#3

Stay safe there Beach! That’s a challenging situation, for sure. Hope we can read more about it when it’s all said and done :slight_smile:

PS: I am going to move this out of the ‘Where You Are Photos’ because I think it might get lost in there :slight_smile:


#4

Descending into a very dark San Juan, PR. Feels like an EMP went off here.


#5

Don’t have time to post about what I saw in San Juan (it is pretty bad)…but after flying all night it was nice of the crew to surprise me with a 2AM birthday sundae at IHOP…

As a group, we decided going back to San Juan tonight was a bridge too far. I’ll post pics from there when I can. Most of the federal relief workers I’ve encountered are saying it is worse than Katrina…just not with the loss of life. It will take years of recovery efforts.

The carpet of our hotel room was wet. We’ve named it The Swamp. Everything I own is now damp…


#6

Happy birthday!.. I’m hungry now after seeing that


#7

Happy Birthday Chris! Thanks for being out there making a difference.


#8

A happy new spring on your back, @BeachAV8R!


#9

Many happy returns Chris and big pat on the back for your continued humanitarian effort.


#10

Happy birthday Chris and thumbs up for your relief efforts!

Honestly, I have no idea how the Caribbean have to get fixed. The logistics of that alone impress me.


#11

The handmade map me and the other Captain sketched out showing the temporary facilities and non radar non comms areas… Cartographers we are not…lol


#12

Happy Birthday @BeachAV8R! :cake:

We all clubbed together last night and got you… hmm, ah, no we didn’t, we just flew carrier ops again and again and again. :wink:

Come back safe, rest up and we’ll get to watch @near_blind drogue tank up in a 50 degree bank in the dark and me crash into the deck.


#13

Happy Birthday Beach, stay safe. On my way to Dairy Queen. :wink:


#14

Habby birthday, @BeachAV8R. Stay safe and dry!


#15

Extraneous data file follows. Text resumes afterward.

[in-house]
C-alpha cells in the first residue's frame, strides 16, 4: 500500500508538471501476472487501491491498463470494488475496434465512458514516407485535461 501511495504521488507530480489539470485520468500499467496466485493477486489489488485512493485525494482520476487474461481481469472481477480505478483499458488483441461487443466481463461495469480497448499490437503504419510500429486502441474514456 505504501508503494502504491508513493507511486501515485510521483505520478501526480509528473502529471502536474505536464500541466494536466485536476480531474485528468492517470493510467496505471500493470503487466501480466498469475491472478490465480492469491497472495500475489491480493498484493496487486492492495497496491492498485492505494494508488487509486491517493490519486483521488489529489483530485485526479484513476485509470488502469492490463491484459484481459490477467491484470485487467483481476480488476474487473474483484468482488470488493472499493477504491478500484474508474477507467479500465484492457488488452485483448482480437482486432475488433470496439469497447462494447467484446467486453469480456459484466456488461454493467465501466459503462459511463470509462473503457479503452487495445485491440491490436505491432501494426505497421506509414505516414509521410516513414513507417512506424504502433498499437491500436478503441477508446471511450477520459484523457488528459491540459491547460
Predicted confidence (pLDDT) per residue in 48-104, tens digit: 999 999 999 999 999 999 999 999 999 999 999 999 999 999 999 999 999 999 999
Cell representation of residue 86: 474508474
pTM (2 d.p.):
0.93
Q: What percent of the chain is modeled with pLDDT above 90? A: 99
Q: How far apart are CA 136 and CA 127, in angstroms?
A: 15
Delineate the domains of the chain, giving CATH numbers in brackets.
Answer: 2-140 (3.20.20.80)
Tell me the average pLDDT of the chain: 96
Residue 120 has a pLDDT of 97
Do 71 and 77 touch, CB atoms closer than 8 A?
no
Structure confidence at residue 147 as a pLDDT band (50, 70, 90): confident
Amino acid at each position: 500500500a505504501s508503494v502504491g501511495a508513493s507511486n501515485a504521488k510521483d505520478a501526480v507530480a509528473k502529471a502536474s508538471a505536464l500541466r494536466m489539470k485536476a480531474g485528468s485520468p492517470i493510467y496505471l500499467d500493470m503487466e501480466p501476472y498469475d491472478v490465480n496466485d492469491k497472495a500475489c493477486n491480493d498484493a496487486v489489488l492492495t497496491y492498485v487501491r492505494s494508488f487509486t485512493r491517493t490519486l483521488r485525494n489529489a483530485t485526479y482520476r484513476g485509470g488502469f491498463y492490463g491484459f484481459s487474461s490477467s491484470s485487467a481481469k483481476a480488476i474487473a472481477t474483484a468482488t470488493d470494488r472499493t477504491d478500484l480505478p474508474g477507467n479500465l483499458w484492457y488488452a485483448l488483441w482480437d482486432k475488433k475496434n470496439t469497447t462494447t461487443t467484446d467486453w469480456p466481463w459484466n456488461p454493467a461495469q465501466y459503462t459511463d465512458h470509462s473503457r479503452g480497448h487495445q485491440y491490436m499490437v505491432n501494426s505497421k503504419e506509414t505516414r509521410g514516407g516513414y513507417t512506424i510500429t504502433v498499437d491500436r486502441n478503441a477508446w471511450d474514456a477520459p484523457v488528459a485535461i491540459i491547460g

Hey Mudspikers… Mudspikeeters…

I moved these posts out of the Where You Are Photos thread because I thought it was important to hear what our fearless leader is up to and that might get lost in the other thread. Please excuse the temporal issues above this post :slight_smile:

@fearlessfrog might be able to do a little magic to fix the timey-wimey problem I created. @BeachAV8R I apologize for hijacking and cutting up your thread :slight_smile:


#16

I punched Biff Tannen and managed to fight off my mother at the prom (euhh) but got hit in the jaw with a Delorean car door, so things stayed ‘heavy’.

My technical fix is that we just ignore it, never mention it again and it’ll be fine. :slight_smile:


#17

BeachAV8R,
Althou I have not lived there since the 80s, I am Puerto Rican. I just want to say. THANK YOU for helping out in this time of need. Without the assistance of pilots like you, the island would be worse off. You are much appreciated.

Happy Birthday Beach.

Maico


#18

Beach, thanks you for what you all are doing there. I was on Guam when several typhoons hit the island. The magnitude of the destruction and impact on life and economy was a teeny tiny fraction of what is being experienced in poor PR. But we had FEMA, ships, C-130s, fuel and generators staged on the island BEFORE the storms hit. Americans need to call the island North Carolina and MAYBE they will understand the need for immediate support for Americans in trouble.

Well…that’s me typing. You are doing. Thank you!


#19

Oh!..that map is super cool! Reminds me of the old maps Jeppesen drew to keep himself off the granite as he flew the mail.


#20

I showed the map to my friend who was flying Twin Otters for Eastern Metro out of St Croix during hurricane Hugo. He said that they went 8 months without power. Hugo was a smaller storm, but sat stationary a while longer over St. Croix. His comment was that map looked very similar to the one he used at the time.

I was living in Munich at the time, but my dad said that John caught a jumpseat ride on an EAL B752 back to ATL. He was only in town long enough to purchase two necessary items, a Honda generator and a Sig P226.